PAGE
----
US Election 2016: A survivor's guide to unexpected voting results
The election of Donald Trump has left some Americans thunderstruck in the same way as the UK's vote for Brexit stunned those British voters who could not imagine a future outside the European Union. But disappointed Remainers have found ways of coping. What survival tips can they offer to their counterparts across the Atlantic?
"I was basically in shock initially. I really didn't think it was going that way," says Ravi Palanisamy, remembering the morning after the Brexit vote in June.
"I was immediately struck by this realisation that the country that I thought I lived in - progressive, multi-racial, tolerant, forward-thinking, outward-looking - was just London, and not the UK as a whole. It felt unsettling."
But as time went on, he began to get used to the idea.
"It's just like a grieving process - there are different stages. That day it was the shock, the disbelief but then quite quickly - within a few days - I'd read a lot and rationalised or understood it more."
Through reading, he began to grasp some of the factors that might prompt someone from a different background to vote for Brexit. But he still compares the period to a funeral - a moment when there can be no more denying that the worst has happened - and he is still grieving.
"I'm not sure I've ever really got to the acceptance stage," he says. "I don't like how it's played out."
Ravi has taken solace in the companionship of those dear to him - family and friends, and the local community - but he also thinks about leaving the UK.
"I'm really worried about the UK and the US, more seriously than at any time in my life," he says. "I'd contemplate moving to Sweden or somewhere that feels more progressive, more how it seems to me the world should be."
Another Remain voter, Luke Jones, found work and travel provided a useful antidote to the pain of Brexit, which he says left him "resentful and confused".
"I tried to get over the Brexit result by talking to young people I support in my work," he says.
"I found that the vast majority of them were dumbfounded as to how it happened - this gave me some hope for the future.
"I also did a bit of travelling over the summer and was delighted - even as a politics obsessive - to find that Brexit was never brought up, and people overseas still loved the fact that I was British. It seemed our 'brand' internationally had not been as tarnished by the result as I feared!"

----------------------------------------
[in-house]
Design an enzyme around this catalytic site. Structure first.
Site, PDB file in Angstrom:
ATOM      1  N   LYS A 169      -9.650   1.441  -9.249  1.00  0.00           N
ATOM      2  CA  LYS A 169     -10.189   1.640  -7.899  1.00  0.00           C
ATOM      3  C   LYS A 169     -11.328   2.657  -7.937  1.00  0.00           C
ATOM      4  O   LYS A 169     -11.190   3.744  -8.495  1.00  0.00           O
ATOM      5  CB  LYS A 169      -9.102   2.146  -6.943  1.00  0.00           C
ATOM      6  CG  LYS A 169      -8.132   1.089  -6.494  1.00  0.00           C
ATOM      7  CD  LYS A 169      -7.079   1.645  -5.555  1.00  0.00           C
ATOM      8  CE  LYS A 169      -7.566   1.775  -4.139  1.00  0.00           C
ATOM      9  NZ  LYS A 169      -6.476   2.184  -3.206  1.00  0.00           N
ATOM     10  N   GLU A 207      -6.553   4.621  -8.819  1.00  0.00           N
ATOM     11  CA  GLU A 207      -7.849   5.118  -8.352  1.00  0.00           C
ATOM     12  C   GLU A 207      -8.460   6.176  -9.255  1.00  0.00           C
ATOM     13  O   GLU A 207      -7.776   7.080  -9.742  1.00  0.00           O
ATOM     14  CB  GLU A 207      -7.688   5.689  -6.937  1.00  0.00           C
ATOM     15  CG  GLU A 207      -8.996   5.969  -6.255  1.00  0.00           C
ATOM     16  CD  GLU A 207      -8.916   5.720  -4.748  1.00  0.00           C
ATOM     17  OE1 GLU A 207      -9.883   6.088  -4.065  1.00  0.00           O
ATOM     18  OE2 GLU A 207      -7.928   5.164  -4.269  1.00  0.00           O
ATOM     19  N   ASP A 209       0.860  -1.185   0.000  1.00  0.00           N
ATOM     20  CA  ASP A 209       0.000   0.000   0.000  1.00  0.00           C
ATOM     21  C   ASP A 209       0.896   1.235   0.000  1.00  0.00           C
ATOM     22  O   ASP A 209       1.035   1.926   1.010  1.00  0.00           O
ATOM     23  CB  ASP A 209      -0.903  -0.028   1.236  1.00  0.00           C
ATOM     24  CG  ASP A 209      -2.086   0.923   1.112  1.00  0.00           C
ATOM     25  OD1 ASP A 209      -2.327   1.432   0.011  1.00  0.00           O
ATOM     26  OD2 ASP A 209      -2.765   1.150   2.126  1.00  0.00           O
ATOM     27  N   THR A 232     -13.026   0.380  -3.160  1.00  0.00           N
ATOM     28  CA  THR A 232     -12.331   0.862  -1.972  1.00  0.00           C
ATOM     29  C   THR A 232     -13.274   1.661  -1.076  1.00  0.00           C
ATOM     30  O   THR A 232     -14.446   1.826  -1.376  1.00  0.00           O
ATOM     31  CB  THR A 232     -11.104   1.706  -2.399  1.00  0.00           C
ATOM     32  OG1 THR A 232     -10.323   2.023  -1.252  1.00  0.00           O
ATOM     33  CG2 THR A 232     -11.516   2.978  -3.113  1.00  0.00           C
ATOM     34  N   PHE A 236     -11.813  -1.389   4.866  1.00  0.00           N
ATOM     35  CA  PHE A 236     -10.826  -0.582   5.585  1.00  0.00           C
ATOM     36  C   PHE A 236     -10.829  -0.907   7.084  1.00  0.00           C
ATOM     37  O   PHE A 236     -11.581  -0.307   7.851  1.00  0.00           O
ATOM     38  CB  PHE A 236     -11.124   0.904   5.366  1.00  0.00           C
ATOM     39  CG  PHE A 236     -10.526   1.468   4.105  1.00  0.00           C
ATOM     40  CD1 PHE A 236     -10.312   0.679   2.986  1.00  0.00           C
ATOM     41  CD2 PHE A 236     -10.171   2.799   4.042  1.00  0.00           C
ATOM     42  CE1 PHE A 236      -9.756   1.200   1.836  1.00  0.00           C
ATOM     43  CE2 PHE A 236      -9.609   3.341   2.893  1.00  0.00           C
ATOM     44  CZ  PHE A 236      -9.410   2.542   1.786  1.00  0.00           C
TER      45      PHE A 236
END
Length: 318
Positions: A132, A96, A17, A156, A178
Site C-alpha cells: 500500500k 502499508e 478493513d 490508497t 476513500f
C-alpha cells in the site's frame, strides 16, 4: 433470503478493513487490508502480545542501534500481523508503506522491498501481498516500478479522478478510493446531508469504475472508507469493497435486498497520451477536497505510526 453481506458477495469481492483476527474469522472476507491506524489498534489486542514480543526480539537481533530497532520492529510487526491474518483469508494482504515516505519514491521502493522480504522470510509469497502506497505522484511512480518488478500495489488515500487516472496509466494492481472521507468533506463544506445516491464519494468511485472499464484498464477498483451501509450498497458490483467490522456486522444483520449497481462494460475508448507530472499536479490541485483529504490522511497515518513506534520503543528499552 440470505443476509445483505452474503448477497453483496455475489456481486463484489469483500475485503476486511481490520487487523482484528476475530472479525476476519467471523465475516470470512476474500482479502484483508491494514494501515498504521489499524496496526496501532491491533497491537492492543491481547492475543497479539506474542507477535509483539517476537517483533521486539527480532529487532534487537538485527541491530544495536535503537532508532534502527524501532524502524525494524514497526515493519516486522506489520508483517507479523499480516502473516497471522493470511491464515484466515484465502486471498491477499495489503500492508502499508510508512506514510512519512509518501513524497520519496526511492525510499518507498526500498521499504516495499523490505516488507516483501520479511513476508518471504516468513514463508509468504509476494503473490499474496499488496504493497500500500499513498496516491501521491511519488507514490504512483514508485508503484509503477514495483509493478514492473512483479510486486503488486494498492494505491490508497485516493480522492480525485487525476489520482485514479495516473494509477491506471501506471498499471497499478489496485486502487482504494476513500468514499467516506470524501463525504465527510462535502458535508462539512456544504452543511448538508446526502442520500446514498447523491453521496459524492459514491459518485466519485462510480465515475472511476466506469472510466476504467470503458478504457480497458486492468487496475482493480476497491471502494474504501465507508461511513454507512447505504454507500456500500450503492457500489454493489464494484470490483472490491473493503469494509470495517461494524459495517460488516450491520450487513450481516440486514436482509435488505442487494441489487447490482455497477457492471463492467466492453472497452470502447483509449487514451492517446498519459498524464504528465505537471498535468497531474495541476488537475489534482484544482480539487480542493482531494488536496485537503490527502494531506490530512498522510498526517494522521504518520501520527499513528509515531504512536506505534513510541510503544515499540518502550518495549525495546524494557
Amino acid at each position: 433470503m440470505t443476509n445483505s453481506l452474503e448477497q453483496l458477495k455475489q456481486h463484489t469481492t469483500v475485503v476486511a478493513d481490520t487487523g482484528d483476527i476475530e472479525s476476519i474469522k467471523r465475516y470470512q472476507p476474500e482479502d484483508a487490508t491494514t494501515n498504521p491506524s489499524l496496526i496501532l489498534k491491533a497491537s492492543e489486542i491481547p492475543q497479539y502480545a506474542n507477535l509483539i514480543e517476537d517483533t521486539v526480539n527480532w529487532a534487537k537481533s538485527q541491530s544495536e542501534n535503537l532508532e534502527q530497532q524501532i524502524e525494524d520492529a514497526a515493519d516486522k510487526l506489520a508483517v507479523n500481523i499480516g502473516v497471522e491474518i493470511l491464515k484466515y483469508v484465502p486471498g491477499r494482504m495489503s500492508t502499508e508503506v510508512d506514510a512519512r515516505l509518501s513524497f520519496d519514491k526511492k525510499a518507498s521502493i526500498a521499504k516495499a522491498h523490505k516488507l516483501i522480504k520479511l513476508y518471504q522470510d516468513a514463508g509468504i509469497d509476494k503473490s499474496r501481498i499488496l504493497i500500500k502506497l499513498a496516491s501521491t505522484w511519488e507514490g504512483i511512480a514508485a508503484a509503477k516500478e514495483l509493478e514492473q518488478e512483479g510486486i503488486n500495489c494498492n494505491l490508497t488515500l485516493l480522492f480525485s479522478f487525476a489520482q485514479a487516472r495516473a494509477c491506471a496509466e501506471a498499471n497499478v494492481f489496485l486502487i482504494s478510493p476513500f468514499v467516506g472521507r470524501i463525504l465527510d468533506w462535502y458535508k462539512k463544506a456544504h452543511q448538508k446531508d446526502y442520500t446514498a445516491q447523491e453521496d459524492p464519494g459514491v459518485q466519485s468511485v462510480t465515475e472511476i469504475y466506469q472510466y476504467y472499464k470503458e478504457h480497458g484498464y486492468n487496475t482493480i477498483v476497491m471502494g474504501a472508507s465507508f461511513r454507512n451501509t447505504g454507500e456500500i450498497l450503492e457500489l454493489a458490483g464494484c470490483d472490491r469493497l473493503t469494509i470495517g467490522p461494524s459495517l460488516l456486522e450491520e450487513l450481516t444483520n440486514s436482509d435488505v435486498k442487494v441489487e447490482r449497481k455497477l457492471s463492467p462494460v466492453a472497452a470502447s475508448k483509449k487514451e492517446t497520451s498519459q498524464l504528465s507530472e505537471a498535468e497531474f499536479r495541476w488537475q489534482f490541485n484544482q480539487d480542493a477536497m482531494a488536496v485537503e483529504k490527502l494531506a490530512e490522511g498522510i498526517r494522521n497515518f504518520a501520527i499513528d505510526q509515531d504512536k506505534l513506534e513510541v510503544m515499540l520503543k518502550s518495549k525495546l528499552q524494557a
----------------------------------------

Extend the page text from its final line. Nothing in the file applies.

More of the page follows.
- Read around and try to understand why other people voted differently
- Focus on how much you love your friends and family
- Work hard and travel
- Break out of the "echo chamber" and engage in dialogue with people whose opinions differ
- Question your own views - and accept that you may not actually know best
- Acknowledge that the problem is beyond your control
- Do whatever relaxes you
Alice Fermor-Hesketh, who after the vote became the director of a group called Common Ground, that campaigns against what it describes as a "destructive Brexit", says one lesson she has drawn is the importance of dialogue with those she disagrees with.
She draws inspiration from Jo Cox, the MP murdered in the run-up to the Brexit vote, who always emphasised that people were united by more than divided them.
"One of the things that became obvious to me in the wake of the referendum vote was the extent of the echo chamber on social media, and the way we have fewer and fewer conversations in person, and with people who hold opposing views to us," she says.
"It's been a lesson for me in challenging me to do those things. It can be difficult to have a conversation with people who don't agree with you and the tone can quite quickly degrade into angry voices and shouting, so it's been an exercise of personal discipline as much as anything else."
On social media there are now forums where Leavers and Remainers can come together, she says. But she also makes an effort to read a broader range of newspapers, not just her favourites "where things I agree with are reflected back at me".
"I don't always like what I read but it makes me realise that people don't always like my own opinions and I'm not yet at a point where I have lots and lots of fantastic solutions, but in broadening the lens of what we're prepared to listen to it is very very helpful. It is the first step on a journey to improving the way we communicate."
Psychologist James Oliver makes a different point about the media echo chamber: this is where we absorb most of our political views, he says, and we should be prepared to accept that these views may be wrong. Things may actually be much better than they seem.
"The level we are at as a member of the public, we haven't got a clue what is really going on. For all we know, it will be far better having Trump as president.
"Obviously he is a bit of a fruitcake, a volatile, personality-distorted man but many great leaders have been many many sandwiches short of a picnic. It's more of a case of the other way round - find me a leader who wasn't a few sandwiches short of a picnic.
"The fact that he's a fruitcake doesn't mean anything. That's about the one thing we could know for sure. Beyond that, we really don't know anything. We don't know who his advisers will be. We don't know what his policies are going to be. We don't know how history is going to pan out."
His advice to anyone experiencing raised levels of the stress hormone, cortisol, is to realise that the problem is beyond their control.
"Do the things which lower your cortisol levels. Do yoga, watch a box set or have sex - do whatever relaxes you.
"But what's going to solve it is truly grasping you're making a big mistake in having really believed that you know what's best."
Additional reporting by Samuel Bright